In a meeting held this afternoon with organizations, school publication, and student council under the School of Business and Accountancy (SBA), the SBA administration cleared up some concerns raised by students regarding the qualifying examinations scheduled to be taken online by the end of May.
The meeting was attended by the SBA Dean, Dr. Maria Lina Ramoneda, SBA Associate Dean, Dr. Albert Morales, and Program Coordinators Mr. Ednel Datu, Ms. Mary Antonette Tadeo, and Mr. Jon Bryan Pamintuan, as well as The Enterprise, the School of Business and Accountancy Student Council (CSC-SBA), and the Junior Philippine Institute of Accountants Holy Angel University Chapter (JPIA-HAU).
When asked about the reason why the qualifying examinations were moved earlier for second year students—from June 14,16, and 18 to June 1, 3, and 5—the administration stated that the exams have to be scheduled with room for a retake after two weeks. The examinations were moved due to an announcement by the University President Dr. Luís María Calingo that the next semester will be starting in July.
Upon requests to postpone the exam dates due to their proximity to the final exams, Ramoneda stated that they will be discussing the possibility after the meeting. However, this would only apply to incoming third years; the exam dates for incoming fourth years are final and will not be moved.
CSC-SBA Councilor Kate Lacap also raised a concern from students regarding the incapacity of their tablets or phones to support the applications needed for the exams. “I hope you understand the dilemma that we are in,” the Dean explained, quoting the intention of some students to cheat during the exam.
Joshua Liscano, Chairperson of CSC-SBA, reported that the Office of the Community Extension Services (OCES) will only be able to provide tablets, which might have the same issue with supporting the applications. However, the Chair is already in communication with Ms. Iris Castro from the Office of Student Affairs who has forwarded the concern to Mr. Robby Tantingco. The CSC is still awaiting updates on the matter.
Another concern that was raised is whether irregular students would be able to take the exam. Program Coordinator Mr. Ednel Datu explained that irregular students who have not yet taken all the prerequisite subjects would not be able to sit for the test.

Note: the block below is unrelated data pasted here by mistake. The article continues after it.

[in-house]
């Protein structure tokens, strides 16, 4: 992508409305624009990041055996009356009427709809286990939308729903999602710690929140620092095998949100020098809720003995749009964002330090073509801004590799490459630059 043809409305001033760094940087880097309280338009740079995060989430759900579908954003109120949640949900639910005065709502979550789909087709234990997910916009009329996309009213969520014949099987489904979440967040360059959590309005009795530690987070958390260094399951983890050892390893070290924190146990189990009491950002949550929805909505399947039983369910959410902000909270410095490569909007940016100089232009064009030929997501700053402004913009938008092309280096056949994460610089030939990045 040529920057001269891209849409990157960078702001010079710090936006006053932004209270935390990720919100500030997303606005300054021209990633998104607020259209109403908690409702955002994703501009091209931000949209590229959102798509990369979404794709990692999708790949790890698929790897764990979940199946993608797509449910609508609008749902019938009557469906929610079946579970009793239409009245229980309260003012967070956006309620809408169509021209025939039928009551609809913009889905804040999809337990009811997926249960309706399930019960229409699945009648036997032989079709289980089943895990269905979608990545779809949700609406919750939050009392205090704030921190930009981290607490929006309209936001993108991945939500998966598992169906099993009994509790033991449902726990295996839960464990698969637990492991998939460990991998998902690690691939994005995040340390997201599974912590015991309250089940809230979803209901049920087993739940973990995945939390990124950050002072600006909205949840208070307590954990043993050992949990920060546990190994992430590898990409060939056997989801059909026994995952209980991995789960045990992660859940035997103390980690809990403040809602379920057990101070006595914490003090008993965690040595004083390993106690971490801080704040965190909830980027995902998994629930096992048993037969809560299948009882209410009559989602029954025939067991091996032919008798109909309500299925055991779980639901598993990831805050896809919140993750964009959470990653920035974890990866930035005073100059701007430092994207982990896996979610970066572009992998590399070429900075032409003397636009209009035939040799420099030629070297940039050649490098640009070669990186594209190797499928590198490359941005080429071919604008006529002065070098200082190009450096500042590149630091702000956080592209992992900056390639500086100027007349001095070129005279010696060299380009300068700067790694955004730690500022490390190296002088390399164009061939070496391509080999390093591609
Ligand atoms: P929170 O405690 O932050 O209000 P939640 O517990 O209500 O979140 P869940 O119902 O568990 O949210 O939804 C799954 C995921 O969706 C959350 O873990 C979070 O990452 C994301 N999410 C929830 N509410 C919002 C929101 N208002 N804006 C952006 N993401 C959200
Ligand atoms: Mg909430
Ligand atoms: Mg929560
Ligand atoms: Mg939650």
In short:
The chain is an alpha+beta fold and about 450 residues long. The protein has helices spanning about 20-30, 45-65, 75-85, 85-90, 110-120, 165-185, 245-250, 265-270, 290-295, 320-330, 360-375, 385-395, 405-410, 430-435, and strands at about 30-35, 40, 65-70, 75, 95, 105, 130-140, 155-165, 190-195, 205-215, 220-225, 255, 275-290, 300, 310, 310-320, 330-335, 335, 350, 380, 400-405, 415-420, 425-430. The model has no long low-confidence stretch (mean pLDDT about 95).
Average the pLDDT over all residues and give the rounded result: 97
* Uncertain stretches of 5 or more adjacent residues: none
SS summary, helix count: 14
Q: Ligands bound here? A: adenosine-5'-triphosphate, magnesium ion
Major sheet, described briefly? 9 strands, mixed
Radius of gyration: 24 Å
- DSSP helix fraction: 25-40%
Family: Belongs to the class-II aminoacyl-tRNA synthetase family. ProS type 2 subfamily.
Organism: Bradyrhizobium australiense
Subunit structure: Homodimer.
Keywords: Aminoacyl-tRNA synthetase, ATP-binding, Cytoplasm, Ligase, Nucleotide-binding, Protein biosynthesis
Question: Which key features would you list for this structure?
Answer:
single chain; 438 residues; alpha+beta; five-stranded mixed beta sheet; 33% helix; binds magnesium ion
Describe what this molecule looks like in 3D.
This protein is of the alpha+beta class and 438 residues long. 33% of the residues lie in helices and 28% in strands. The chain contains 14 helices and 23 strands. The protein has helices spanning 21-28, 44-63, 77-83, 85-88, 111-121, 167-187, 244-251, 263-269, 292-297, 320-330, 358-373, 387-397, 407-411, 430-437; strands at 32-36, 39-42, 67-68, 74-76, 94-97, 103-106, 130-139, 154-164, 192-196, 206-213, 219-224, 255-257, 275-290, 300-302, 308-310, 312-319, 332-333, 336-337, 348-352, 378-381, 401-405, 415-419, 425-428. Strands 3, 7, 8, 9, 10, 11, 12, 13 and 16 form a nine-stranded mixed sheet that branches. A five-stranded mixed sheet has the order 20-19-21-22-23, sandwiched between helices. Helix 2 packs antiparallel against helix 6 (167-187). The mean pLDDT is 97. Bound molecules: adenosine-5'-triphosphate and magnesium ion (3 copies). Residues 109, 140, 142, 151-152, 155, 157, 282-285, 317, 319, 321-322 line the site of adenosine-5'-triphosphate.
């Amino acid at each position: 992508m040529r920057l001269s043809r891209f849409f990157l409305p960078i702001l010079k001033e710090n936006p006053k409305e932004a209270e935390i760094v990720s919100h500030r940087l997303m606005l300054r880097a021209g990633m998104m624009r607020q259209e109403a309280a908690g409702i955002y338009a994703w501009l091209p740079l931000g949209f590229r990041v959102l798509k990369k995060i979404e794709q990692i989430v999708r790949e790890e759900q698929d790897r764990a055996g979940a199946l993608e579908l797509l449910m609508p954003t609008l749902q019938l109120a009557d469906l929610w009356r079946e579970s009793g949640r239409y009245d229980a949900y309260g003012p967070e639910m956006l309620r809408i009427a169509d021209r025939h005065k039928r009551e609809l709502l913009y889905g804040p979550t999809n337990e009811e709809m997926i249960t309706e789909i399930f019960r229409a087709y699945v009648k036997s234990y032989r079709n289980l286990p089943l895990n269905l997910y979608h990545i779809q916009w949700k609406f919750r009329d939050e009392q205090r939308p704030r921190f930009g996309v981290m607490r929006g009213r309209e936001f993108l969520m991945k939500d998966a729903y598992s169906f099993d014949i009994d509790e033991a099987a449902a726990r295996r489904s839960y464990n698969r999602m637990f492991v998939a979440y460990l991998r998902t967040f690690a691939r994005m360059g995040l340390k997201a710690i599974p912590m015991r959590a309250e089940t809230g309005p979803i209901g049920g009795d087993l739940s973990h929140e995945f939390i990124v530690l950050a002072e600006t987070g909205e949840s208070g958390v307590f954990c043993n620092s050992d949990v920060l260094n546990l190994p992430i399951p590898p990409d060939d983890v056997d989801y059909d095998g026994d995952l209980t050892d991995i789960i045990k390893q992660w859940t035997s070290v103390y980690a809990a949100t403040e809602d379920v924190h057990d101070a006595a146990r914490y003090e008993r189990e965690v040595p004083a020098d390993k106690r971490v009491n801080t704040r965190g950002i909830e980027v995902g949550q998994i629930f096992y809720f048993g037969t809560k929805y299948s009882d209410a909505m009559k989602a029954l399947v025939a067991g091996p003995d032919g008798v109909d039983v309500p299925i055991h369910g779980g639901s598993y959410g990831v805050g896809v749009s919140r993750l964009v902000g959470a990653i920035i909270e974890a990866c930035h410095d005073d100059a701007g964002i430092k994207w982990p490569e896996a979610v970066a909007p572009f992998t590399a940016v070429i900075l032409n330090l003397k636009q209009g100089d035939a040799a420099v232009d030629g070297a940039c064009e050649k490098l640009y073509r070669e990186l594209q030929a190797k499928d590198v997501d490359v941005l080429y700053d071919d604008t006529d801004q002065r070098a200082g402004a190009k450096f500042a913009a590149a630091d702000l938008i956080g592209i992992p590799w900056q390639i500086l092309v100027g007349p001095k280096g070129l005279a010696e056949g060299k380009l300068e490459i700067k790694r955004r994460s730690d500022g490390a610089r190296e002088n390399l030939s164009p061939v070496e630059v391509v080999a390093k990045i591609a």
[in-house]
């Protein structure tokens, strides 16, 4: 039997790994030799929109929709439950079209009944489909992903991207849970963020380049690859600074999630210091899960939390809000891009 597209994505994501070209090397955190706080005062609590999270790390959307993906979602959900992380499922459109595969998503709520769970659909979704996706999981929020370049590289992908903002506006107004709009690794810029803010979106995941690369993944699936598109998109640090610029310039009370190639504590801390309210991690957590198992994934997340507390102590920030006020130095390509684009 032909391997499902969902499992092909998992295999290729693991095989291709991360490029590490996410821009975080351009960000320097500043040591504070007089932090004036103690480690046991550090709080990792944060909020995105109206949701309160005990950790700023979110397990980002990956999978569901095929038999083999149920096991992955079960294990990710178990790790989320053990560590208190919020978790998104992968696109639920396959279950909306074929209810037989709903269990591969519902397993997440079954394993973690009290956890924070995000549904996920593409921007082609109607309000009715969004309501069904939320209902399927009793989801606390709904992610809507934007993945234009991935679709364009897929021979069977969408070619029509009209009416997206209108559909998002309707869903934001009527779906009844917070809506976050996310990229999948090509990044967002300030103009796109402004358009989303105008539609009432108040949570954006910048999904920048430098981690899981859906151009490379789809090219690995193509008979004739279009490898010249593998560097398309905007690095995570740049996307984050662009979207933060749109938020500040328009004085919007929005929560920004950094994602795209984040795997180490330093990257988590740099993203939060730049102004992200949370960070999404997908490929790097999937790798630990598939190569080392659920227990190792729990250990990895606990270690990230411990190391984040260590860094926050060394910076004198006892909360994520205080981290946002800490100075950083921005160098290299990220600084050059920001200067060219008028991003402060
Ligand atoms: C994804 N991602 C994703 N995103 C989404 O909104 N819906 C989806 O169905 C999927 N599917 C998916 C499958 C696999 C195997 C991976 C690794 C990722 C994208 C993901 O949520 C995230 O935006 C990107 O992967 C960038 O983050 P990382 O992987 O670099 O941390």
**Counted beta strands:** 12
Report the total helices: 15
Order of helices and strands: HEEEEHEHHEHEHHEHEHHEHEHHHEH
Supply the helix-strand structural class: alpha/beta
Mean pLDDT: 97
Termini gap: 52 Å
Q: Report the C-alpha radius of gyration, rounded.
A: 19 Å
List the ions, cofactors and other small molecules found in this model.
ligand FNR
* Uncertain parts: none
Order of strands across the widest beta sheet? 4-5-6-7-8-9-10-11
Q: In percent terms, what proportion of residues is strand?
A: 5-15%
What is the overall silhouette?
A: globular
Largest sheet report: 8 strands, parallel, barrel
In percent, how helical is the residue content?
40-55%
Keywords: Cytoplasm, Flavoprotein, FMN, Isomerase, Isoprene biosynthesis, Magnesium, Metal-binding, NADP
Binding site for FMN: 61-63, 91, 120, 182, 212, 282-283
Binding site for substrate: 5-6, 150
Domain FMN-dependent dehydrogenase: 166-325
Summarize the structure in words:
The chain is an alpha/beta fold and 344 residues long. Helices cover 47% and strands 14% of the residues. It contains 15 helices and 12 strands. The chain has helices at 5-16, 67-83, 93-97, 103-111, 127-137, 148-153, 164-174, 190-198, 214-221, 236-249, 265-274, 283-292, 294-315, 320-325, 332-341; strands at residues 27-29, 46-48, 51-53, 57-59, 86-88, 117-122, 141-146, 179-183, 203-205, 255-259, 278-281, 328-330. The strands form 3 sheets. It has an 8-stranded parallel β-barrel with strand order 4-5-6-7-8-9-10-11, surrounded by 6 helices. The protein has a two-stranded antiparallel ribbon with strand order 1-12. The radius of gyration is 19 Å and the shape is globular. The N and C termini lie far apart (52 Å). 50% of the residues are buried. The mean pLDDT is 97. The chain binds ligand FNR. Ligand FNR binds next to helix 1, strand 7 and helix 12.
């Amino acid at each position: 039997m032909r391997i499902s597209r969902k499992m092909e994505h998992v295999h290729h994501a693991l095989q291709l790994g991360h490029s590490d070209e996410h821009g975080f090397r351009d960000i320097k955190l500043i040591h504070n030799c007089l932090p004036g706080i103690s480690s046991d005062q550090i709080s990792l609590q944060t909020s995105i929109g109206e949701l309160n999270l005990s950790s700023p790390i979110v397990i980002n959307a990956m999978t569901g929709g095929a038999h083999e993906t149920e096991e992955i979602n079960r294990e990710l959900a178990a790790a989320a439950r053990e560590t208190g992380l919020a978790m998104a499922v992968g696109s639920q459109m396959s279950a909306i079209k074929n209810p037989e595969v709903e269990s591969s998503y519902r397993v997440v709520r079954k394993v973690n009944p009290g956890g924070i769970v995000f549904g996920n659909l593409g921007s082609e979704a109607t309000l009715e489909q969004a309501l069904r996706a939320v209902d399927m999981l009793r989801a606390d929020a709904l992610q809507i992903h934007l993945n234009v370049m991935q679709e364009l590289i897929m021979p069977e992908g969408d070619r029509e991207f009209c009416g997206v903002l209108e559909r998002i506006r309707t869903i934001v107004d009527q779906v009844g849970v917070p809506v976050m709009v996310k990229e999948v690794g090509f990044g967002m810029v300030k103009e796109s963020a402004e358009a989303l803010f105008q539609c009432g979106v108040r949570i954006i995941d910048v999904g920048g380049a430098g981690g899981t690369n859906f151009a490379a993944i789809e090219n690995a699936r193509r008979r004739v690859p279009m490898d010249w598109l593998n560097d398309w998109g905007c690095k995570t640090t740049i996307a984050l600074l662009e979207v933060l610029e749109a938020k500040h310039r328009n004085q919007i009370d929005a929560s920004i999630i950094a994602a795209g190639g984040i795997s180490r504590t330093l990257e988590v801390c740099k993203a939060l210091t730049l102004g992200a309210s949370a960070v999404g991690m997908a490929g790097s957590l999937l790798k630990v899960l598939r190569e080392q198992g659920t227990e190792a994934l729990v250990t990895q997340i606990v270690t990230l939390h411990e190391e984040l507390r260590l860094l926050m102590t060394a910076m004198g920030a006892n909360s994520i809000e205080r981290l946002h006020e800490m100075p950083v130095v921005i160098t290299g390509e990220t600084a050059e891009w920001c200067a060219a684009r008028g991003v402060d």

There were also requests from second year students to keep professors from giving a hefty load of requirements, to which the Dean quipped that those requirements might be part of the learnings students are supposed to gain from their subjects.
“You understand that the qualifying examination is meant to assess whether you are fitted for the BSA program, and you know how difficult that is. If you cannot live up to the pressure, baka naman you’d like to consider getting into BSMA or BSIA right away. It doesn’t mean that it’s the end of the world if you don’t make it into the BSA program,” Ramoneda stated.
The Dean also explained that bending these rules could lower the quality of education. “If you don’t want to take the qualifying exams, then don’t take it. Shift na,” Ramoneda expressed.
However, the SBA Dean recommended that students look into their weaknesses and coordinate with JPIA-HAU to request for review sessions. JPIA-HAU President Axylla Mendoza reiterated that Real Excellence Online (REO) CPA Review and Pampanga CPA Review School (PCPAR) have already provided students with free access to their review materials.
For taxation, the CREATE Act will be included in the coverage as it took effect in 2020. For Management Advisory Services, a copy of formulas will not be allowed during the examinations. “Kindly think of this as the same as face-to-face exams,” Tadeo stated.
Face-to-face examinations will not be allowed, even for selected students who do not have laptops or computers since the IATF is very strict on this matter. According to Dr. Ramoneda, said students may look for the resources that are available in their community.
There will be a mock examination to try the respondus monitor and lockdown browser. Students who have really slow internet connection can forgo the use of respondus monitor, but everybody is required to use the lockdown browser.
JPIA-HAU Vice President for Non-Academic Affairs Hazel Miranda expressed that less privileged students could be left behind due to the online qualifying examinations, which would invalidate the university’s goal of having no student left behind. “The concerns we are raising are our reality, not excuses,” Miranda stated, pleading with the administration to address student concerns.
Miranda added that although the qualifying examinations may be for the benefit of the students, the current situation has only made it a burden. “Mahirap po na hindi kami kabahan, kasi pangarap namin yung nakasalalay,” she continued.
The Dean continued the exchange by stating, “There is life after the BSA program. We do not know what the future holds for you. You try to look or assess—is this the career path that is meant for you? Sometimes you are drawn to a different path for a reason. I do not know why, because I’m not God. But there are times that it’s going to be like that.”
For students requesting for more information on the Bachelor of Science in Management Accounting (BSMA) and Bachelor of Science in Internal Auditing (BSIA) courses, Morales stated that they will be scheduling a reorientation. With regards to the guidelines for shifting, the Associate Dean said that they will coordinate with the school registrar to release specific instructions.
LAYOUT BY: Cristine Joie Q. Bacud